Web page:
Seasonal Foods: Artichokes

OLYMPUS DIGITAL CAMERAIf you’ve been to the farmer’s market at all in recent weeks, you may have noticed a staple vegetable of California popping up at your favorite coastal farmers’ stands, the artichoke. While other parts of the country don’t see this often misunderstood and delicious vegetable until the springtime, here in California we are lucky to get a crop of them in the fall. They favor our coastal environment, growing from Half Moon Bay all the way down to Watsonville. They grow alongside their coastal friends the strawberry, brussel sprout, and broccoli. If you take a drive down Highway 1 in the fall, you can’t throw a rock without hitting a huge pile of artichokes at a farm stand.

I think artichokes get a bad rap because of their thorny, scaly exterior. They aren’t exactly a friendly-looking vegetable, but I assure you they are worth the effort of cooking and disassembling them to reach their tender, delicious core. They leaves are basically a vehicle for butter; I like to steam an artichoke whole and serve it with lemon-garlic butter. I peel the leaves off, one by one, dipping them into the butter and scraping off the tender bits with my front teeth. Once I get down to the heart, I scoop out the “choke” (the fuzzy inedible stuff in the center) and snarf down the heart and stem as quickly as I can get it into my mouth.

Cooking an artichoke is easy; simply peel off the tough outer leaves until you get to the more tightly-closed ones, then trim the spiky tips off any leaves you can reach with a pair of kitchen shears. Then, chop off 1/2″ of the tip of the artichoke (opposite the stem end). If there is a good stem on it, I use a vegetable peeler to remove the skin of the stem (the stem is edible and quite delicious). Then, pop it into your steam basket and give it a good steam until a knife slides into the thickest part without much effort. Be careful not to over-cook it. Since artichokes vary in size, cooking times will vary.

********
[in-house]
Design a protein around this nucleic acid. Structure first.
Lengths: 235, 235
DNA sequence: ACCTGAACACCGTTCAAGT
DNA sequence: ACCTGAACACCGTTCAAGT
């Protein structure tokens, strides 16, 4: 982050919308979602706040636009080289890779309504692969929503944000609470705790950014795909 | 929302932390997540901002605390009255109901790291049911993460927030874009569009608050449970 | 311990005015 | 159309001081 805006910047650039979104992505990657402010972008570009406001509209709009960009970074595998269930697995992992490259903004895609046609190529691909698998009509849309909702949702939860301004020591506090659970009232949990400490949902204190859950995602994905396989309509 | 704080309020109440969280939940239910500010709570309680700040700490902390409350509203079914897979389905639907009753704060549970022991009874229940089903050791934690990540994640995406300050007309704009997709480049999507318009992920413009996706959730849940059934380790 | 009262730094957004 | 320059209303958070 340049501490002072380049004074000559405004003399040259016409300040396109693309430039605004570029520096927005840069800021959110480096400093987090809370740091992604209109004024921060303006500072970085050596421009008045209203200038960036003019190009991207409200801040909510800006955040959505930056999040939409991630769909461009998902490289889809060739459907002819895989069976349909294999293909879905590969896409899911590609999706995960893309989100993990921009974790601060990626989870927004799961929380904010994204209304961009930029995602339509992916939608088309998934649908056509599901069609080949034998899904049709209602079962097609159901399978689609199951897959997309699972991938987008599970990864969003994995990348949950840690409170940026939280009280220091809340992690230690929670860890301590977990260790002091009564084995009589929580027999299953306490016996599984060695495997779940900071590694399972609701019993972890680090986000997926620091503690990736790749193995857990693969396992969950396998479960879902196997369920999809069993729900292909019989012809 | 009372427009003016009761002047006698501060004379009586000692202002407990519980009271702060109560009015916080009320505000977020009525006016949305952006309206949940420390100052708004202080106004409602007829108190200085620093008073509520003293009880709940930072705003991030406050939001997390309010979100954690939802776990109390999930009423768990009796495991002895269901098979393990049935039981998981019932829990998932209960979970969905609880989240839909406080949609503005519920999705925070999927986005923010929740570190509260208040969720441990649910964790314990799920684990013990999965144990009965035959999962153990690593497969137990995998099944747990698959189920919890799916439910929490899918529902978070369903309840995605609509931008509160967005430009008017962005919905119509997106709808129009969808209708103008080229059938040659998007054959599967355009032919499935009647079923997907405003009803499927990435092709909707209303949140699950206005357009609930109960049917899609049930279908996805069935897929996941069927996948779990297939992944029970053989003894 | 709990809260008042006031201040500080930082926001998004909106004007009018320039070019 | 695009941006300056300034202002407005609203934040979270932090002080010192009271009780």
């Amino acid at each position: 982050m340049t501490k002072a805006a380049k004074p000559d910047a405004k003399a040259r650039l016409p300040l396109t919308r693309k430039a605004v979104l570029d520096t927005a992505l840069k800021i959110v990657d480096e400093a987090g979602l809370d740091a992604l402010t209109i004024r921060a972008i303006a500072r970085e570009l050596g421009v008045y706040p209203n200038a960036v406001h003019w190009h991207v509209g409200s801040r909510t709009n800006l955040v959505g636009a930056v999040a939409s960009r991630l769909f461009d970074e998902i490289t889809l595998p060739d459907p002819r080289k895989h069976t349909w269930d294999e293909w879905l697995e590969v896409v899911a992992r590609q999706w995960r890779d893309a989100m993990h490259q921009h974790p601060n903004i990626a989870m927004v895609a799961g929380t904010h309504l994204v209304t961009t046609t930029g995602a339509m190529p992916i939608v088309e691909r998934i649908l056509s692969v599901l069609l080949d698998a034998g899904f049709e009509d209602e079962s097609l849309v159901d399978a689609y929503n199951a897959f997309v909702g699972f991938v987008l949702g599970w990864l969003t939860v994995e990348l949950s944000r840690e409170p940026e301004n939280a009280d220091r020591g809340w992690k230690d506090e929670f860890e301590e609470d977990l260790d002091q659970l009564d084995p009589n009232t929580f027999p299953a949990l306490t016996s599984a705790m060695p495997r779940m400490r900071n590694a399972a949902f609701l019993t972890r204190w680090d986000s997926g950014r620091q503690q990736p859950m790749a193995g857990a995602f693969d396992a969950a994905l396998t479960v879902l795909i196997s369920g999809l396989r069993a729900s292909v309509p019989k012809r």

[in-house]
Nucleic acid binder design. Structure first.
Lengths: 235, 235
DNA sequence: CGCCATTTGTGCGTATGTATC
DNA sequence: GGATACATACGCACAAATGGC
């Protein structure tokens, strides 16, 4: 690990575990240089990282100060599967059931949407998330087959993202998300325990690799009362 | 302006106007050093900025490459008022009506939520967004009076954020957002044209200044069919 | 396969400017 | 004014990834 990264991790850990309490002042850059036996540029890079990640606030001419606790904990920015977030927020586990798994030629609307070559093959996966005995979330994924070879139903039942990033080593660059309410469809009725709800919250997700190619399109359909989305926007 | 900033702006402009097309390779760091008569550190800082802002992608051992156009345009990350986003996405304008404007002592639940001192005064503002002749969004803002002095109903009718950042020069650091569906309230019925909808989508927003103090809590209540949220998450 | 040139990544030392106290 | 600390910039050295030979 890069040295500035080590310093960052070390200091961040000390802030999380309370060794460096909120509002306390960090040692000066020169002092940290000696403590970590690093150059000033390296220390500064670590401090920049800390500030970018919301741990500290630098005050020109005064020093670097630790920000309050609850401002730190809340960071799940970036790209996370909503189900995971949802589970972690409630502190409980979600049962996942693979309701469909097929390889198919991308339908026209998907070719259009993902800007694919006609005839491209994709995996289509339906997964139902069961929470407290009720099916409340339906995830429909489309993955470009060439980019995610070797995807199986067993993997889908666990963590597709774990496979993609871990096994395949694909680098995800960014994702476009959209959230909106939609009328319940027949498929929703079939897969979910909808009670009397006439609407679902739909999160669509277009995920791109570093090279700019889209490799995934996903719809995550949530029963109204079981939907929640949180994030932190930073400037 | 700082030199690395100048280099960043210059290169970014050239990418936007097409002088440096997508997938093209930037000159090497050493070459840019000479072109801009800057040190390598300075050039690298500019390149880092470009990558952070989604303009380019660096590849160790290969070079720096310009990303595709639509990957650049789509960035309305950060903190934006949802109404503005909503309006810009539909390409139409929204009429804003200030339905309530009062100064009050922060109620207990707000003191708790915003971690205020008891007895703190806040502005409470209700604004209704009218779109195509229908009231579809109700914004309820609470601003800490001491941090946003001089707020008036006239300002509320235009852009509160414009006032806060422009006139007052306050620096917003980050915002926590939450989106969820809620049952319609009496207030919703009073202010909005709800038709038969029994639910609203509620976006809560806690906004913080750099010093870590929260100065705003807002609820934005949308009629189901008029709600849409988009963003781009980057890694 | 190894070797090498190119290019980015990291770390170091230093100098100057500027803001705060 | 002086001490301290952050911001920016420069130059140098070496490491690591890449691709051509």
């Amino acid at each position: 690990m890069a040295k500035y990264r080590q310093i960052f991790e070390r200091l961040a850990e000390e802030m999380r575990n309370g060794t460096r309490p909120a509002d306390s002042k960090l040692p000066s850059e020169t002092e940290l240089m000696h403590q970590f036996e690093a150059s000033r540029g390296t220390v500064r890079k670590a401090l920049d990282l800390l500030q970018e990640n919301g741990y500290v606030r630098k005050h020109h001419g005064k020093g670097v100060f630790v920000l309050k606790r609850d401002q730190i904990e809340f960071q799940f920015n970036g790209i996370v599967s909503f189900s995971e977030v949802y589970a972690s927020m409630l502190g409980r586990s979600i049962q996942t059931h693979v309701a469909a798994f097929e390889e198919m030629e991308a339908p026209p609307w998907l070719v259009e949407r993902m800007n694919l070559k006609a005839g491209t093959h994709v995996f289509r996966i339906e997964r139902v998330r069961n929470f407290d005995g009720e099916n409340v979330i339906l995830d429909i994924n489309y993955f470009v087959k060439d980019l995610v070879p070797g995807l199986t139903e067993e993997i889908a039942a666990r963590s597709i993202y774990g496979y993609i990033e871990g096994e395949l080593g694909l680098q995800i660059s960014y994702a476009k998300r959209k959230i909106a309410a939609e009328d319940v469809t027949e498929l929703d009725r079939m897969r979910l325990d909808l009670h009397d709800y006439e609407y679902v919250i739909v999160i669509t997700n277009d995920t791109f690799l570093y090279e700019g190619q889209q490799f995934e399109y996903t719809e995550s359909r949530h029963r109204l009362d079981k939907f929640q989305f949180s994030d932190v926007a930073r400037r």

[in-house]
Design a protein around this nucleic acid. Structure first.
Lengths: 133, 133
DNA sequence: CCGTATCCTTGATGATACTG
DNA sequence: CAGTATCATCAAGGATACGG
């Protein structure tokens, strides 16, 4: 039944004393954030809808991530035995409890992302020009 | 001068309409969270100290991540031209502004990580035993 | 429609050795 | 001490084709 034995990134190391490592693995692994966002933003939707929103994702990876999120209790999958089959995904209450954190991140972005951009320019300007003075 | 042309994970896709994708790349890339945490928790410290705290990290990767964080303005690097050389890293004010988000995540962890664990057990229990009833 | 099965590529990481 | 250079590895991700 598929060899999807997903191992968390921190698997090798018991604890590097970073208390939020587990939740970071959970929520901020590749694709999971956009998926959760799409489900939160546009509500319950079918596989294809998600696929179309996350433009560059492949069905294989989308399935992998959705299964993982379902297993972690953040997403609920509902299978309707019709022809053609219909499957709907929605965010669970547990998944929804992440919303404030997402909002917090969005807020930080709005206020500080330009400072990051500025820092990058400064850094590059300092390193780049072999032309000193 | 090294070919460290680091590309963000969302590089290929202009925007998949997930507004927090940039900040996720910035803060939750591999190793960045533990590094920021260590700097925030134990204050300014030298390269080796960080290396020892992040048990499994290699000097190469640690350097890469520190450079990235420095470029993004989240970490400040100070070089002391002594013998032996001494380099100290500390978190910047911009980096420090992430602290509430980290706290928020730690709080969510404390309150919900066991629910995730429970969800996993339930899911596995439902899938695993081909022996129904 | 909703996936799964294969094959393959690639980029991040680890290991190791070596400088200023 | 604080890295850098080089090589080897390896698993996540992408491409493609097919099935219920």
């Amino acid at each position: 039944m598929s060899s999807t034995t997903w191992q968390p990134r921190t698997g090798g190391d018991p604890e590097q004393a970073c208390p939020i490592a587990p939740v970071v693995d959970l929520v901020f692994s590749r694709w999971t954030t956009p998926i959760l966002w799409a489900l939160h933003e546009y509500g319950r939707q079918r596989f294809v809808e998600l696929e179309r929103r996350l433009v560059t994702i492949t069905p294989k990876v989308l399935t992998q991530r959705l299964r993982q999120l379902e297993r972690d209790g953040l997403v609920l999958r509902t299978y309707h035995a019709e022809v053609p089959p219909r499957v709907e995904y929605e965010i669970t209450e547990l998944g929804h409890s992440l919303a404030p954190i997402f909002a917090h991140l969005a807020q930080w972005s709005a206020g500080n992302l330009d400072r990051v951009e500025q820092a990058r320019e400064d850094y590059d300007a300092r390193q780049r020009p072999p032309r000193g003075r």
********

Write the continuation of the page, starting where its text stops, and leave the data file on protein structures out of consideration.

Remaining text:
If you are lucky enough to find really tiny artichokes, you can roast those whole and eat them as-is.

Pairing wine with artichokes is quite difficult, as a chemical in the artichoke clashes with a component in many wines which make them taste bitter and metallic together. However, there are several wines that work beautifully with artichokes; Gruner Veltliner, Sauvignon Blanc, Blanc de Blanc Champagne, un-oaked Chardonnay, Muscadet, Verdicchio, Alsatian Riesling, and Pinot Blanc. Basically you want to avoid anything with tannin or oak (all red wine and some whites), and focus on dry white wines with ample acidity.

Do you love artichokes? How do you like to eat them? Is there a condiment you like to enjoy them with best? Let us know in the comments.